This document will help you find the best data source for a given analysis. It focuses on descriptive datasets and does not cover anything attempting to explain why something is observed. This guide will help if you need to answer questions like:
- How many Firefox users are active in Germany?
- How many crashes occur each day?
- How many users have installed a specific add-on?
If you want to know whether a causal link occurs between two events, consider running an experiment.
There are two types of datasets that you might want to use: those based on raw pings and those derived from them.
We receive data from Firefox users via pings: small JSON payloads sent by clients at specified intervals. There are many types of pings, each containing different measurements and sent for different purposes.
These pings are then aggregated into ping-level datasets that can be retrieved using BigQuery. Pings can be difficult to work with and expensive to query: where possible, you should use a derived dataset to answer your question.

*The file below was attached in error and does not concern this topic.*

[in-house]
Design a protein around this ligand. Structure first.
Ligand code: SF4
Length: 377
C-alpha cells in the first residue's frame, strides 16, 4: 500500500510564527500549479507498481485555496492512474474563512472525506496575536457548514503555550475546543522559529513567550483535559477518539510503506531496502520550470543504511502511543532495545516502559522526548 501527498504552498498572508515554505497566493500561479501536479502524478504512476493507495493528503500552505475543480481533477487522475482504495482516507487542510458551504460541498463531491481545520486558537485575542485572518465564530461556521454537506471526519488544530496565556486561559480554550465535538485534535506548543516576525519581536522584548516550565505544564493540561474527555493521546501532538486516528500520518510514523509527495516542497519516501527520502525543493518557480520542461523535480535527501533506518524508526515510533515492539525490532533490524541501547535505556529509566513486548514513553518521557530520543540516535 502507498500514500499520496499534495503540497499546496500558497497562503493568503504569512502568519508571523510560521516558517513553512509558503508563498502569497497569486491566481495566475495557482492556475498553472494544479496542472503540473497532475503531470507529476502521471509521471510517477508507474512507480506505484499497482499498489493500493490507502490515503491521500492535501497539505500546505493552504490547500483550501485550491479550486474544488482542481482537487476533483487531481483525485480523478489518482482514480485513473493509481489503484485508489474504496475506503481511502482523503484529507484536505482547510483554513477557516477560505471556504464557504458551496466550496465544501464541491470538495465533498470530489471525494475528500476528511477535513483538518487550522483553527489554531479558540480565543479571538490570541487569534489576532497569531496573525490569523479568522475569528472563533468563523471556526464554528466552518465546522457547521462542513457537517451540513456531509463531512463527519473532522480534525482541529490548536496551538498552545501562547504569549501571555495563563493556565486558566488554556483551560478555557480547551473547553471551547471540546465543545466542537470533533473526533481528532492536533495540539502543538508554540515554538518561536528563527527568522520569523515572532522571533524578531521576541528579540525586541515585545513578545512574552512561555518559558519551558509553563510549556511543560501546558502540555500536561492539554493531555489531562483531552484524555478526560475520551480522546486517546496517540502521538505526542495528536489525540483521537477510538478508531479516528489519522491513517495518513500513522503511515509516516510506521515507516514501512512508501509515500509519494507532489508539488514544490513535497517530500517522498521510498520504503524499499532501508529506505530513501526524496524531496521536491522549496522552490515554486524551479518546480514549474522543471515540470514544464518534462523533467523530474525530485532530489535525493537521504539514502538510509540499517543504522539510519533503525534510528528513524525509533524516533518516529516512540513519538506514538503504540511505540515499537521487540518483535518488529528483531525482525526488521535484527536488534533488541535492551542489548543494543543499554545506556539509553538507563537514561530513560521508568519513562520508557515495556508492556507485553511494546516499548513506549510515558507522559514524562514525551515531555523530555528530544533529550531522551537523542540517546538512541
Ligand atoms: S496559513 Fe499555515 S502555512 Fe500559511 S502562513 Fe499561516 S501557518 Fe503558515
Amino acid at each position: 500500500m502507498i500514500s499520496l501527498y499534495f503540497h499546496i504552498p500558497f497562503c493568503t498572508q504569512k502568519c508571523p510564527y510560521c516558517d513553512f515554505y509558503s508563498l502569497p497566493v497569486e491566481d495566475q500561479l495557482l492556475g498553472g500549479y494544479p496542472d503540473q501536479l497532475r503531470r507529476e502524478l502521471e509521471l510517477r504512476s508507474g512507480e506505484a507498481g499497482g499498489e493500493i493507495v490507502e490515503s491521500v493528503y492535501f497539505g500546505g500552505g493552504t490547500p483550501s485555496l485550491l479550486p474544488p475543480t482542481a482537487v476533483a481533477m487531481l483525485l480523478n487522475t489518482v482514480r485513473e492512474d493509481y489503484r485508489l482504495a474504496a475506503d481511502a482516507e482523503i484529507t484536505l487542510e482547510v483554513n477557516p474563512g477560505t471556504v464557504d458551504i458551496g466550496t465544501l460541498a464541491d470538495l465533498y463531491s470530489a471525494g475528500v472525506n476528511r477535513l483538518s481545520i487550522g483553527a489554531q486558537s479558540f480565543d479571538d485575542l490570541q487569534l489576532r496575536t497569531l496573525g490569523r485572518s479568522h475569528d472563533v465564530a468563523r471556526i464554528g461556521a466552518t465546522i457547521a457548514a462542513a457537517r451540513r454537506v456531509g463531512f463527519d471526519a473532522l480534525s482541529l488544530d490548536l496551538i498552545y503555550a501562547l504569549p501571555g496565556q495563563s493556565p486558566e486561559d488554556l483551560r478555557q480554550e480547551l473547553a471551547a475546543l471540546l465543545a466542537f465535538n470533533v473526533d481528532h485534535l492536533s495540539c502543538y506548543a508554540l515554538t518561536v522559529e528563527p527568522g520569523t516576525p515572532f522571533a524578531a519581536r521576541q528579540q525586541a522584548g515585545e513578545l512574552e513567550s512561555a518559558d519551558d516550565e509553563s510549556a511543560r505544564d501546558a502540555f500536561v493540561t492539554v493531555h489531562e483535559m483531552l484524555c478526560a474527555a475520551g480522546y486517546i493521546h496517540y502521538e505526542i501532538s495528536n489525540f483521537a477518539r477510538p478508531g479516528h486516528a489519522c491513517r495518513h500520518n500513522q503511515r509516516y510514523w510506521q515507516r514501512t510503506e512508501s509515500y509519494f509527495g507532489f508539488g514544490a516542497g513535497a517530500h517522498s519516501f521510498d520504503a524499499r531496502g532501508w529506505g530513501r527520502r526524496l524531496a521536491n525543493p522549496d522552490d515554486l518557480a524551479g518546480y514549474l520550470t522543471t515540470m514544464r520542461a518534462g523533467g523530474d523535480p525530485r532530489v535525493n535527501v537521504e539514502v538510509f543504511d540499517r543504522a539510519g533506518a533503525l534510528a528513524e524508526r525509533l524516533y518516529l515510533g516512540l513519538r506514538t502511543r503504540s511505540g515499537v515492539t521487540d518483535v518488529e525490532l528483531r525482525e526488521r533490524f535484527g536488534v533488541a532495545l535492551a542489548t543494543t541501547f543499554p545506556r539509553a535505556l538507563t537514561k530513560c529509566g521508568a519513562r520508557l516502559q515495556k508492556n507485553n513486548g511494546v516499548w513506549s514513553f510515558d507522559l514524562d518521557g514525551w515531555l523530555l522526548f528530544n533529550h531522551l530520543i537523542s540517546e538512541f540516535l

For more information on pings and how to use them, see Raw Ping Data.
Derived datasets are built using the raw ping data above with various transformations to make them easier to work with and help you avoid the pitfall of pseudo-replication. You can find a full list of them in the derived datasets section, but two commonly used ones are "Clients Daily" and "Clients Last Seen".
Many questions about Firefox take the form "What did clients with
characteristics X, Y, and Z do during the period S to E?" The
clients_daily table aims to answer these questions. Each row in
the table is a (
submission_date) and contains a
number of aggregates about that day's activity.
clients_daily reference for more information.
clients_last_seen dataset is useful for efficiently determining exact
user counts such as DAU and MAU.
It can also allow efficient calculation of other windowed usage metrics like retention via its
bit pattern fields.
It includes the most recent values in a 28 day window for all columns in the
clients_last_seen reference for more information.